Braves Fall Despite Suzuki, Phillips, Adams HRs

Scooter Gennett’s ninth-inning grand slam off Jim Johnson provided the Reds the cushion they needed to overcome a monstrous Matt Adams home run and preserve Robert Stephenson’s encouraging effort in Saturday night’s 11-8 win over the Braves at SunTrust Park.

“It is a crucial time whenever you get runners out there on the bases,” Gennett said. “In that situation, we were up three and to just get some more insurance is huge. Just how the game ended out, it ended up being a big moment.”
Scott Schebler delivered three hits in his first start since being sidelined with a left shoulder strain three weeks ago and Stephenson came off the disabled list to allow just two runs (one earned) over five innings. But when Adams drilled a three-run homer off Blake Wood that traveled a projected 405 feet directly down the right-field line, the Reds were fortunate to have widened their lead in the ninth, when Johnson, Atlanta’s recently demoted closer, surrendered Gennett’s third grand slam of the season.
“We’re just trying to find a spot to get him in to get him right because he’s too good,” Braves manager Brian Snitker said of Johnson, who has an 8.78 ERA over his past 16 appearances. “It’s not happening for him right now. You’ve just got to keep battling through it because we need him because he’s one of those guys who never turns the ball down.”
Schebler, who was in the lineup for the first time since straining his left shoulder on July 30, singled during a three-run fourth inning and doubled during the sixth inning against Julio Teheran, who was plagued by some defensive misfortunes as he allowed five runs (four earned) over six innings. Stephenson allowed two runs (one earned) and three hits as he completed five innings in his first start back from the disabled list.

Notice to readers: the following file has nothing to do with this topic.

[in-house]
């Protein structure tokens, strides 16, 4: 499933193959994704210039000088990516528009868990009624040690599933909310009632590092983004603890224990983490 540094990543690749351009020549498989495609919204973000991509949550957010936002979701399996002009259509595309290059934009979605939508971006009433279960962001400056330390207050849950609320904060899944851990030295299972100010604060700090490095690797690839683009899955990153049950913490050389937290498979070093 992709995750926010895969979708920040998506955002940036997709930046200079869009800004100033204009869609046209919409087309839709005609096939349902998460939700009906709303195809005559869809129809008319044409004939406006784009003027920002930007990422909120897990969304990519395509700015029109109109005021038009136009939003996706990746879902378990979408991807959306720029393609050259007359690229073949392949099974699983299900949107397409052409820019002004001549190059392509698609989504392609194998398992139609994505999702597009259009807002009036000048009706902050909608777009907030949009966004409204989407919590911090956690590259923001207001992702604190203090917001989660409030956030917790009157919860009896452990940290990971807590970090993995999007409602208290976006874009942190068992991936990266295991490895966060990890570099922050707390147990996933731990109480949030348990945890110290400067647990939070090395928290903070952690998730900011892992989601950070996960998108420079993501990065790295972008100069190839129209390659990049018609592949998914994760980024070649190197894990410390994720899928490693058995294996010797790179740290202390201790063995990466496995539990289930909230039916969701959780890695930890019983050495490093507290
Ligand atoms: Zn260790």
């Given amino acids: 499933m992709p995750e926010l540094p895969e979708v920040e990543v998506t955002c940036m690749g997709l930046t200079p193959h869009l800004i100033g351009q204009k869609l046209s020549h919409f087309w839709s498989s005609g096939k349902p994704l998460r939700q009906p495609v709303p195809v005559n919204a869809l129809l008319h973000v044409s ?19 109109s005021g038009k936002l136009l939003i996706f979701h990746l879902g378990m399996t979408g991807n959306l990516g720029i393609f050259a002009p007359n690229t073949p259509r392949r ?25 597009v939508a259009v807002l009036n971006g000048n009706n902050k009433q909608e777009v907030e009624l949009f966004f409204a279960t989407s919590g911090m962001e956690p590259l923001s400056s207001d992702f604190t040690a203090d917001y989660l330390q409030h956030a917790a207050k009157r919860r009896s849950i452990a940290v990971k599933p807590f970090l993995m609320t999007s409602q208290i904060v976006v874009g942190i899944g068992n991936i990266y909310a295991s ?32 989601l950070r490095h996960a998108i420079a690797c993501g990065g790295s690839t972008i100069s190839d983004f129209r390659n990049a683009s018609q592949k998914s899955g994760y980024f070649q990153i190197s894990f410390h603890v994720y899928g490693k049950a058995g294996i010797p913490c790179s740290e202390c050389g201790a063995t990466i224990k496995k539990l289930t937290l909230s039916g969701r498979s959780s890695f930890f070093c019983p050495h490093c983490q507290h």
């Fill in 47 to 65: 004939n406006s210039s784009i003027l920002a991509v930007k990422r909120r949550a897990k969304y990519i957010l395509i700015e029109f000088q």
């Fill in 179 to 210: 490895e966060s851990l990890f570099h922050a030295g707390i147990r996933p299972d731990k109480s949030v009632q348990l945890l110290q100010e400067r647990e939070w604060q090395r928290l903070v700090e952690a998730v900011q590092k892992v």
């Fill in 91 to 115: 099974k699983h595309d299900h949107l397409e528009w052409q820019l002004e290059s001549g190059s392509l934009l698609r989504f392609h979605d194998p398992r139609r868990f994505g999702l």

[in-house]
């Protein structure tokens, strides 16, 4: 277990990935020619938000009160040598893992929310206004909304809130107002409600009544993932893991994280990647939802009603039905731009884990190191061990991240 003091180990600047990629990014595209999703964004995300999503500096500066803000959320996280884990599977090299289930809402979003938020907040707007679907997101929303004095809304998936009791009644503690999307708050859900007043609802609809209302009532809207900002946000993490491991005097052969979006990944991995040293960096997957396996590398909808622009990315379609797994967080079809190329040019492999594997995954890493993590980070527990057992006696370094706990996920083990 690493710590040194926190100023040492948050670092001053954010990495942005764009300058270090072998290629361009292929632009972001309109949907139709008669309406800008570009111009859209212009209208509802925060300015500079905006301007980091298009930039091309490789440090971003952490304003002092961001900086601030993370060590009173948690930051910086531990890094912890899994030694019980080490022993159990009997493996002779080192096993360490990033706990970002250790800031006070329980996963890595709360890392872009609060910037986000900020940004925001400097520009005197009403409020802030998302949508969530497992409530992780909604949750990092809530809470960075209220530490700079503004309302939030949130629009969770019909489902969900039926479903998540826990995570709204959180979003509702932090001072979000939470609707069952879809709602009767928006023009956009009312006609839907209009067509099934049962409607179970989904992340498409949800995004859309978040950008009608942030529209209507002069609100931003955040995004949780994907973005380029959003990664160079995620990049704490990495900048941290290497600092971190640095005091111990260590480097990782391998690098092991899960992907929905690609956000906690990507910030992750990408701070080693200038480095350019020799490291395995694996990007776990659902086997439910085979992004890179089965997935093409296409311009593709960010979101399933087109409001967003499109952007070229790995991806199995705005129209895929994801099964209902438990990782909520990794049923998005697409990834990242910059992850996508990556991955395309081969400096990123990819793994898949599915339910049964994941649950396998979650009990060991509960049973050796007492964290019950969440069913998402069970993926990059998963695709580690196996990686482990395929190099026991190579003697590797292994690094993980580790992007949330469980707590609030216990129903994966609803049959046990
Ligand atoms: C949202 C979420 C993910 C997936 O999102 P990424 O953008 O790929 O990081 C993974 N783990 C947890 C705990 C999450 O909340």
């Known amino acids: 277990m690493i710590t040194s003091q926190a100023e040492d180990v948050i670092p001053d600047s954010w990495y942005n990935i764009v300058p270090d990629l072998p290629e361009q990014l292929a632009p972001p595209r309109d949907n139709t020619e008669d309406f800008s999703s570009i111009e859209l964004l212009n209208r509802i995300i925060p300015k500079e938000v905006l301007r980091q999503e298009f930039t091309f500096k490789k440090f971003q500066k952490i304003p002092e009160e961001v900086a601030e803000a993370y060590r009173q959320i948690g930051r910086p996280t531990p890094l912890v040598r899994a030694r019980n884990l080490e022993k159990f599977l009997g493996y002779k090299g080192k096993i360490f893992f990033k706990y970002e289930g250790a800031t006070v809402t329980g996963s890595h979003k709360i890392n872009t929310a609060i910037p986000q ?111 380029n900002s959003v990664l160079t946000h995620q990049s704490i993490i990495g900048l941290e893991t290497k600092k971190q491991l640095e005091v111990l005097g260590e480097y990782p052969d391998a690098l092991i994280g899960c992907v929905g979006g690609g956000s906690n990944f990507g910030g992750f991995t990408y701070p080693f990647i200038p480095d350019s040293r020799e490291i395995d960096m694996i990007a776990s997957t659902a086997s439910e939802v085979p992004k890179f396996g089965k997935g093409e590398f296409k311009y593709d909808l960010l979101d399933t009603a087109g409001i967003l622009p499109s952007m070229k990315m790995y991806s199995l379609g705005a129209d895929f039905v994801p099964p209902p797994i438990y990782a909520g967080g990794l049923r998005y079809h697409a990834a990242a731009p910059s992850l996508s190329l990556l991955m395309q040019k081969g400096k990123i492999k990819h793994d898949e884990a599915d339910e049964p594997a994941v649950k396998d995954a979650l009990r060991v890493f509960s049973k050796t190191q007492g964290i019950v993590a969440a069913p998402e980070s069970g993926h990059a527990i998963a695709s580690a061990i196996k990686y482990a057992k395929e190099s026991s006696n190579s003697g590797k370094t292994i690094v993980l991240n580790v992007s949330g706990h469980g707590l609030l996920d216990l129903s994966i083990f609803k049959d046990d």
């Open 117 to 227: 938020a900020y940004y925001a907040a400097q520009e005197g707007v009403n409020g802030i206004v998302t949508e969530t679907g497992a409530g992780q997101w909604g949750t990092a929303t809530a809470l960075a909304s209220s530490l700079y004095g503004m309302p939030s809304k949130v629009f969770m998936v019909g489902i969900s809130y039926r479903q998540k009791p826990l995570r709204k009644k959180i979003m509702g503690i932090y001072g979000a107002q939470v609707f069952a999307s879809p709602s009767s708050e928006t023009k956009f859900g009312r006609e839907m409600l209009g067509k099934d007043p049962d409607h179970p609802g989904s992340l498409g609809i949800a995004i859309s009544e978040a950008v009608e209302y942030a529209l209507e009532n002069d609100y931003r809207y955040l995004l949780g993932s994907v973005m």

“It was a little hit-and-miss and [Stephenson] had to battle,” Reds manager Bryan Price said. “He had guys on base each inning and nothing came easy. He had to make pitches, and there is something to be said about that from a command standpoint.”
Former Red Brandon Phillips highlighted his two-hit night with a third-inning leadoff homer and produced a couple of defensive gems while handling his new third-base role. Kurt Suzuki added a two-run homer in the seventh. But the Braves were unable to overcome Teheran’s early damage and Gennett’s decisive slam.
Teheran created a brief scare when he fell to the ground with the indication he’d been hit on the left hand with a pitch while pulling back on a sacrifice bunt attempt in the second inning. Home-plate umpire Jim Reynolds ruled the pitch hit the bat and the call stood after the Braves requested a replay review. Teheran struck out on the next pitch.
Teheran struck out four of the first six batters he faced, but started to falter after Adam Duvall doubled with one out in the fourth. After Gennett walked, Eugenio Suarez lined a slider to center that took an unusual turn in the outfield grass and eluded Ender Inciarte. Suarez advanced to third base on the play and scored when Schebler followed with a line-drive single that deflected off the glove of Ozzie Albies, who was playing on the infield grass.
The Braves were staring at a manageable three-run deficit when Jason Motte entered to begin the seventh. But the Reds quickly created a much more comfortable lead as Joey Votto scored Jose Peraza from first base with a double, then scored on Gennett’s sacrifice fly.
“Those runs they got [against the bullpen] can hurt you, especially when you mount a rally like that,” Snitker said. “We thought it was going to be the greatest comeback in the sport.”
Luis Castillo takes the mound against Atlanta at SunTrust Park as the series concludes at 1:35 p.m. ET Sunday. Castillo has a 2.48 ERA in six road starts and has recently incorporated a two-seam fastball to his pitching repertoire.
Sean Newcomb will oppose Castillo in the series wrap. Newcomb’s fastball command has been better during his past two starts and he has allowed three runs or fewer in each of his past five outings.